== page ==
Alan Kelly strongly denies he is source of Labour election analysis leak
ENVIRONMENT Minister Alan Kelly has denied that he leaked analysis showing the Labour Party at risk of losing more than 20 seats in the General Election.
Mr Kelly stands accused by party members of putting out the information in order to damage other TDs who might be considered contenders in a future leadership battle.
Over the weekend Labour TDs were quoted as saying there was a "unanimous view" that Mr Kelly was behind the leak.
However, he said today that he is "not aware of such analysis even existing".
"I believe this is a complete storm in a teacup," he said.
Mr Kelly said that he has "of course" asked his staff if they are responsible and "'absolutely not' is the answer".
The analysis, reported in the Irish Independent, dominated debate at a Labour Party meeting last week, with TDs and senators being warned to think carefully about what they say to the media.
Public Expenditure Minister Brendan Howlin told the meeting that there was a "boil that needs lancing" in the party, while former minister Pat Rabbitte said whoever leaked the information showed "appalling lack of political judgement".
The report gave no chance of re-election to Communications Minister Alex White, junior minister Seán Sherlock and Cork TD Michael McCarthy.
Tánaiste Joan Burton said yesterday that she had spoken to Mr Kelly about the unease in the party but did not believe he was responsible. “I have been talking to Alan and he, like everybody else, absolutely deplores whoever was responsible for doing that.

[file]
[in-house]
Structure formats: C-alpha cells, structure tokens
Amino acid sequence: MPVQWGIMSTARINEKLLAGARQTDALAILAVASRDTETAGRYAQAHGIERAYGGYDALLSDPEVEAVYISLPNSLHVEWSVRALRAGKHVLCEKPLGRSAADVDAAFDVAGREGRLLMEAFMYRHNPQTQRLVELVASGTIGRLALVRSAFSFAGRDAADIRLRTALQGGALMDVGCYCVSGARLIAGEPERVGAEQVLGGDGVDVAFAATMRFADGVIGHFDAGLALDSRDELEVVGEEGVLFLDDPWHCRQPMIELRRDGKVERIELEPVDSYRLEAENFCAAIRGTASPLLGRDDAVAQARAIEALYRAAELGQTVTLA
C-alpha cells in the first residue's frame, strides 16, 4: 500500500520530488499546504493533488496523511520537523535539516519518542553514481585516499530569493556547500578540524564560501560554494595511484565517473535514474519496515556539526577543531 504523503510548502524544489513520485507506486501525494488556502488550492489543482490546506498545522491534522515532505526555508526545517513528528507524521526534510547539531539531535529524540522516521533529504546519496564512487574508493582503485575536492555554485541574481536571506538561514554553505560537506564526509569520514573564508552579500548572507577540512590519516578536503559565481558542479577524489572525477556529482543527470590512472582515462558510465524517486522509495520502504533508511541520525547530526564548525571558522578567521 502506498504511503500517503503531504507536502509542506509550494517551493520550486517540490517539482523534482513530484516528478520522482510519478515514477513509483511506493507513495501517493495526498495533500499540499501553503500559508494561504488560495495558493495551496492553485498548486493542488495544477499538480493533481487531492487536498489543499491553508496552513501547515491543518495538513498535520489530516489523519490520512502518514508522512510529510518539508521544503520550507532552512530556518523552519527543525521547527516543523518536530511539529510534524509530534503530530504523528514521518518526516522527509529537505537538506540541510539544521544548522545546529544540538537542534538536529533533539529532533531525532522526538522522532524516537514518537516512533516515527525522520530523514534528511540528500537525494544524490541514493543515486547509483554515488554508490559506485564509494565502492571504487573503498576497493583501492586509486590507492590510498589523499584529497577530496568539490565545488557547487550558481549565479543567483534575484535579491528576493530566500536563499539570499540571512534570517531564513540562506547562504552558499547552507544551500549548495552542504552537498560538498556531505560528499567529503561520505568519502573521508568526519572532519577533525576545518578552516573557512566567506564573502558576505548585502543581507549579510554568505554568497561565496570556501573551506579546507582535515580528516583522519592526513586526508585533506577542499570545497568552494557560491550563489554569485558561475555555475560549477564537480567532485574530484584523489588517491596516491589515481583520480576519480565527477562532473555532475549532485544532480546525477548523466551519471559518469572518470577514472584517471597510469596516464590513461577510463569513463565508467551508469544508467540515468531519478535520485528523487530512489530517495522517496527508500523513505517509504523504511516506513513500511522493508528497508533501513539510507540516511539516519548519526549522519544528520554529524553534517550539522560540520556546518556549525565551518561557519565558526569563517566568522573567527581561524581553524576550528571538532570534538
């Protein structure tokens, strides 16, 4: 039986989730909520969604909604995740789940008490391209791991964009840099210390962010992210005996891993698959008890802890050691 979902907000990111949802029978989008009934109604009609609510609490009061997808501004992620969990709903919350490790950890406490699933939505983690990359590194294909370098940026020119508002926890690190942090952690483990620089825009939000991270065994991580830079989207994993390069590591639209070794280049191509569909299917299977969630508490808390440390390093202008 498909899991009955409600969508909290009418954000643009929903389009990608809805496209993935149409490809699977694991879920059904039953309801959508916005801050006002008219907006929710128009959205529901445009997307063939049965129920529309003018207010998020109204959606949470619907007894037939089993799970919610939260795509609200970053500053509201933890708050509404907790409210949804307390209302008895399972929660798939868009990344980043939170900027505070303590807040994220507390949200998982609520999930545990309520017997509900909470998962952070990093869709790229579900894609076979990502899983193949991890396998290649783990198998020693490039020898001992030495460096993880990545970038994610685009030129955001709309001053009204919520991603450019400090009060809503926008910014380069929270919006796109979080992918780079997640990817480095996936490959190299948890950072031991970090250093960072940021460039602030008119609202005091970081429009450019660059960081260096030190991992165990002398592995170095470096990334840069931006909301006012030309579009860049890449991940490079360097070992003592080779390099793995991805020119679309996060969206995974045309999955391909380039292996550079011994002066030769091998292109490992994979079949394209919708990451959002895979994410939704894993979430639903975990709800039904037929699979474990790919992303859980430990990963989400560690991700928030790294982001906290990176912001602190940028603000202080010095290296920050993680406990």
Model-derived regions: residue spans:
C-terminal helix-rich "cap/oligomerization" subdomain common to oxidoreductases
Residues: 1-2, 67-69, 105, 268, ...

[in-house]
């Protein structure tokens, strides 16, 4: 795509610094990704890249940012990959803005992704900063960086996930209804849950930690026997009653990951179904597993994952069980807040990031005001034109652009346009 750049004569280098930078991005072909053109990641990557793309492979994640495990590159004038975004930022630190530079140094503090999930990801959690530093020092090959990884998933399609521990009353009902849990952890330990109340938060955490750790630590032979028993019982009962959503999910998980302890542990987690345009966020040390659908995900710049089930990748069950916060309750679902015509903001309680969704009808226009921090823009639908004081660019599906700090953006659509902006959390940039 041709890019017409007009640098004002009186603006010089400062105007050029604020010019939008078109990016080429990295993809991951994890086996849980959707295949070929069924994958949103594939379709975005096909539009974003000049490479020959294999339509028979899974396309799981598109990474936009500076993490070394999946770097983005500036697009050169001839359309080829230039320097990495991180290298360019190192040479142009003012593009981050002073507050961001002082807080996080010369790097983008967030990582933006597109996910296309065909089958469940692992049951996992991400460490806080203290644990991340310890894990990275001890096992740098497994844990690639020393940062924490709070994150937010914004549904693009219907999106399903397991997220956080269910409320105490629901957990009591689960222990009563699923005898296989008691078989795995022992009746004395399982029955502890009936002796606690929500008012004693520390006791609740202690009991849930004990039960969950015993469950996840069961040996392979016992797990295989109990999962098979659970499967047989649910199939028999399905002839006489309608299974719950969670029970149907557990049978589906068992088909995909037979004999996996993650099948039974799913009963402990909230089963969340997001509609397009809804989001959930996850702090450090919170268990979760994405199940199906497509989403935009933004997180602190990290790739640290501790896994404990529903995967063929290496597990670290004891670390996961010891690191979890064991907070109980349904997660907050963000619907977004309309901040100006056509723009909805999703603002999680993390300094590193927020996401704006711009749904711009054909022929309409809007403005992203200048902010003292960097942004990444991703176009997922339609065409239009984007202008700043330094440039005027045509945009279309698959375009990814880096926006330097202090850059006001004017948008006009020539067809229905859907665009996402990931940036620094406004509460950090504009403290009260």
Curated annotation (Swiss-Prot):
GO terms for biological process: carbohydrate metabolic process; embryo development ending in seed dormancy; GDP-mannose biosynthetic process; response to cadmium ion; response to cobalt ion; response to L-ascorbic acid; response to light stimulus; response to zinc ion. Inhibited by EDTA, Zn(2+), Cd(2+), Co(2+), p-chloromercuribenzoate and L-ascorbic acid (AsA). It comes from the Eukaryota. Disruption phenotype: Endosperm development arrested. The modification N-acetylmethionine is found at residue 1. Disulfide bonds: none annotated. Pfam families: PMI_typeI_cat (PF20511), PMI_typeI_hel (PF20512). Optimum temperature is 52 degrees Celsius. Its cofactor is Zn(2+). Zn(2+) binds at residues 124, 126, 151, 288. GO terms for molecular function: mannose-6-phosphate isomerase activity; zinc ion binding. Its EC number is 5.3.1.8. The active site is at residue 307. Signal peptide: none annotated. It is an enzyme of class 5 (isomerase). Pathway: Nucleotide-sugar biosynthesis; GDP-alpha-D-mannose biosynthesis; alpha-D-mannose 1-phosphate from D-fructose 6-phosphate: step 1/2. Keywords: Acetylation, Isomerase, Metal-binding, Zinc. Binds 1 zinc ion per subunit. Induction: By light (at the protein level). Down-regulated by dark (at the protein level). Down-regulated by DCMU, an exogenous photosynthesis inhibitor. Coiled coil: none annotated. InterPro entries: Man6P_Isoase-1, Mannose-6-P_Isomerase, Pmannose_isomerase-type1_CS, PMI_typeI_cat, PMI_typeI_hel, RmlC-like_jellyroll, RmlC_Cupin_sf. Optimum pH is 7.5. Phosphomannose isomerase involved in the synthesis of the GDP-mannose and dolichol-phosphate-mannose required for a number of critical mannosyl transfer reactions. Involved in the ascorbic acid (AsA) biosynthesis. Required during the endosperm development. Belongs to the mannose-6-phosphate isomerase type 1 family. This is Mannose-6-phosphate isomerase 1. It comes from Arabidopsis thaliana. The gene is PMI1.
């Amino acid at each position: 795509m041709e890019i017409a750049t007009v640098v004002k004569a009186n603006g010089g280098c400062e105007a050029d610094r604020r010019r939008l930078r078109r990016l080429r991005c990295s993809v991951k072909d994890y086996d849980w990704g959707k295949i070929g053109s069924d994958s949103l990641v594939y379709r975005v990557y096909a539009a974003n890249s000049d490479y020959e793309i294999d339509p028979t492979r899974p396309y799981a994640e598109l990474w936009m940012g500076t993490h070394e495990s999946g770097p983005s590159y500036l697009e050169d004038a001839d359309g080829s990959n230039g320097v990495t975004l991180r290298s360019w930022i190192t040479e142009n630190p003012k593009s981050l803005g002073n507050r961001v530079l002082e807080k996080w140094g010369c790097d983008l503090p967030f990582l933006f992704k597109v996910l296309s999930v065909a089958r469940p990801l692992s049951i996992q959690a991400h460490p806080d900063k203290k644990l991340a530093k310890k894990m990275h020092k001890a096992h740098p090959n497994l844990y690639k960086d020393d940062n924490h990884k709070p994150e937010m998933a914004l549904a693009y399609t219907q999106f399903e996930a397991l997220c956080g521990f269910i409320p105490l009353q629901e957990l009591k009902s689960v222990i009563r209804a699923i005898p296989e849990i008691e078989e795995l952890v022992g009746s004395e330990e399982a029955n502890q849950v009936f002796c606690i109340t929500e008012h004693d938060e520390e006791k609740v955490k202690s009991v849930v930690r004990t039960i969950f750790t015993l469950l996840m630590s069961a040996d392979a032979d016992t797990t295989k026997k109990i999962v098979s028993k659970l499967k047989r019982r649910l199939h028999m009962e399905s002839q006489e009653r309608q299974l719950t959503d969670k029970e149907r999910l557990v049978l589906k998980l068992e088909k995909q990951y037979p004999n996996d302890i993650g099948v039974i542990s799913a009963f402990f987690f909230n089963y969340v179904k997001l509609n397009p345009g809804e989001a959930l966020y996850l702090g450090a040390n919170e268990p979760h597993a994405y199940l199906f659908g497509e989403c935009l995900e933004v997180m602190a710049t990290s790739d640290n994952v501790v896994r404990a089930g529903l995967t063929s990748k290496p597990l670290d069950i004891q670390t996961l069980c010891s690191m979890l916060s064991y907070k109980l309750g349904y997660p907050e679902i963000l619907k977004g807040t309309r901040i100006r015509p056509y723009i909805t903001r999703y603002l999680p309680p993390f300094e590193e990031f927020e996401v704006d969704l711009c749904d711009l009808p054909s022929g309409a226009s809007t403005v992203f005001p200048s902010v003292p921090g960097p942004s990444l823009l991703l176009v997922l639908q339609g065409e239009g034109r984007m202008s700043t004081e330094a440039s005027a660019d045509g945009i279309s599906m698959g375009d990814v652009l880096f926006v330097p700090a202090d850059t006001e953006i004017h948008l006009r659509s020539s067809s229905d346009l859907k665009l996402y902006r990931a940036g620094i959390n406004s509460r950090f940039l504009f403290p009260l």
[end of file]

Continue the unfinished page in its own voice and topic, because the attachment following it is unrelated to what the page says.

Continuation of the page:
“It is difficult to know the motivation of whoever was doing that. I don’t know if it is a single source or whether it is a number of sources.
“It is difficult to make out what their motivation was because they certainly weren’t helping themselves and they were not focusing on getting Labour re-elected," Ms Burton said.
Speaking to RTÉ's Morning Ireland Mr Kelly, who is the party's director of elections, said that nobody had actually accused him of leaking information in person.
"No one has actually said this directly to me. I'm used to papers taking ink, I'm used to commentary being out there," he said, adding that if the analysis existed he is sure he would be aware of it.
"I believe they [people] will support the Labour Party for the way this country has been turned around. I think this country is in a much better position for having the Labour Party in government," he said.